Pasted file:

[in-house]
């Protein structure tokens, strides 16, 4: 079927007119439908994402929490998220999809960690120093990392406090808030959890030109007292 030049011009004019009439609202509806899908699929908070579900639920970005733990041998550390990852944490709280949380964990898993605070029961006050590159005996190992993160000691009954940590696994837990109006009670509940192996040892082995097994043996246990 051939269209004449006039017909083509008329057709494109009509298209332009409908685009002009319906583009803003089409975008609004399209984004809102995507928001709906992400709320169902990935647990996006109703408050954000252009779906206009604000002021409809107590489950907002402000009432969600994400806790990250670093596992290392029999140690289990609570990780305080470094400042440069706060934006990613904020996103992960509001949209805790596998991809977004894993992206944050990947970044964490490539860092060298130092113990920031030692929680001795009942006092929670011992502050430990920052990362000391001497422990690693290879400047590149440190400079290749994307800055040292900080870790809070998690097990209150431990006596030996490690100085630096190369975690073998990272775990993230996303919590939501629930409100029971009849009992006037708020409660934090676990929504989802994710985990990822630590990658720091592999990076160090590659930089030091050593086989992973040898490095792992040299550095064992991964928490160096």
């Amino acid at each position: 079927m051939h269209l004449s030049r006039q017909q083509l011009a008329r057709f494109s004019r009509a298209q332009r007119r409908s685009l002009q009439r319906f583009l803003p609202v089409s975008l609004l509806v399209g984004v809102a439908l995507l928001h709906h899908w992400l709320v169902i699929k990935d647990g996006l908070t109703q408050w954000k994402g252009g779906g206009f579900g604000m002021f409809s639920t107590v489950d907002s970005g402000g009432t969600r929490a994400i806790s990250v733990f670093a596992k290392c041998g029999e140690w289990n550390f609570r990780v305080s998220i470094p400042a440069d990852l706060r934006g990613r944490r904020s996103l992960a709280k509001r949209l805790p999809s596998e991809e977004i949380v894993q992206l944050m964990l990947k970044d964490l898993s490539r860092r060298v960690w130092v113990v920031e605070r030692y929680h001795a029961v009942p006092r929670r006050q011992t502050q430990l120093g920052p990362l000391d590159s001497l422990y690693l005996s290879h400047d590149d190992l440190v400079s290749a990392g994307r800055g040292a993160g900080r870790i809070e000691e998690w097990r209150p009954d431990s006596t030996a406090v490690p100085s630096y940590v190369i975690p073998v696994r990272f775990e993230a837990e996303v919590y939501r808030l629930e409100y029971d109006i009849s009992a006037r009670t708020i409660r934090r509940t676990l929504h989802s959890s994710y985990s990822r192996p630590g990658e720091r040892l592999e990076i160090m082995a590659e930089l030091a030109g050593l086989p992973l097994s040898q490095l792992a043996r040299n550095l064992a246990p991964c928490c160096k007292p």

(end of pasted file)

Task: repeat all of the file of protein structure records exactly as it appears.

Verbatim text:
[in-house]
């Protein structure tokens, strides 16, 4: 079927007119439908994402929490998220999809960690120093990392406090808030959890030109007292 030049011009004019009439609202509806899908699929908070579900639920970005733990041998550390990852944490709280949380964990898993605070029961006050590159005996190992993160000691009954940590696994837990109006009670509940192996040892082995097994043996246990 051939269209004449006039017909083509008329057709494109009509298209332009409908685009002009319906583009803003089409975008609004399209984004809102995507928001709906992400709320169902990935647990996006109703408050954000252009779906206009604000002021409809107590489950907002402000009432969600994400806790990250670093596992290392029999140690289990609570990780305080470094400042440069706060934006990613904020996103992960509001949209805790596998991809977004894993992206944050990947970044964490490539860092060298130092113990920031030692929680001795009942006092929670011992502050430990920052990362000391001497422990690693290879400047590149440190400079290749994307800055040292900080870790809070998690097990209150431990006596030996490690100085630096190369975690073998990272775990993230996303919590939501629930409100029971009849009992006037708020409660934090676990929504989802994710985990990822630590990658720091592999990076160090590659930089030091050593086989992973040898490095792992040299550095064992991964928490160096």
């Amino acid at each position: 079927m051939h269209l004449s030049r006039q017909q083509l011009a008329r057709f494109s004019r009509a298209q332009r007119r409908s685009l002009q009439r319906f583009l803003p609202v089409s975008l609004l509806v399209g984004v809102a439908l995507l928001h709906h899908w992400l709320v169902i699929k990935d647990g996006l908070t109703q408050w954000k994402g252009g779906g206009f579900g604000m002021f409809s639920t107590v489950d907002s970005g402000g009432t969600r929490a994400i806790s990250v733990f670093a596992k290392c041998g029999e140690w289990n550390f609570r990780v305080s998220i470094p400042a440069d990852l706060r934006g990613r944490r904020s996103l992960a709280k509001r949209l805790p999809s596998e991809e977004i949380v894993q992206l944050m964990l990947k970044d964490l898993s490539r860092r060298v960690w130092v113990v920031e605070r030692y929680h001795a029961v009942p006092r929670r006050q011992t502050q430990l120093g920052p990362l000391d590159s001497l422990y690693l005996s290879h400047d590149d190992l440190v400079s290749a990392g994307r800055g040292a993160g900080r870790i809070e000691e998690w097990r209150p009954d431990s006596t030996a406090v490690p100085s630096y940590v190369i975690p073998v696994r990272f775990e993230a837990e996303v919590y939501r808030l629930e409100y029971d109006i009849s009992a006037r009670t708020i409660r934090r509940t676990l929504h989802s959890s994710y985990s990822r192996p630590g990658e720091r040892l592999e990076i160090m082995a590659e930089l030091a030109g050593l086989p992973l097994s040898q490095l792992a043996r040299n550095l064992a246990p991964c928490c160096k007292p």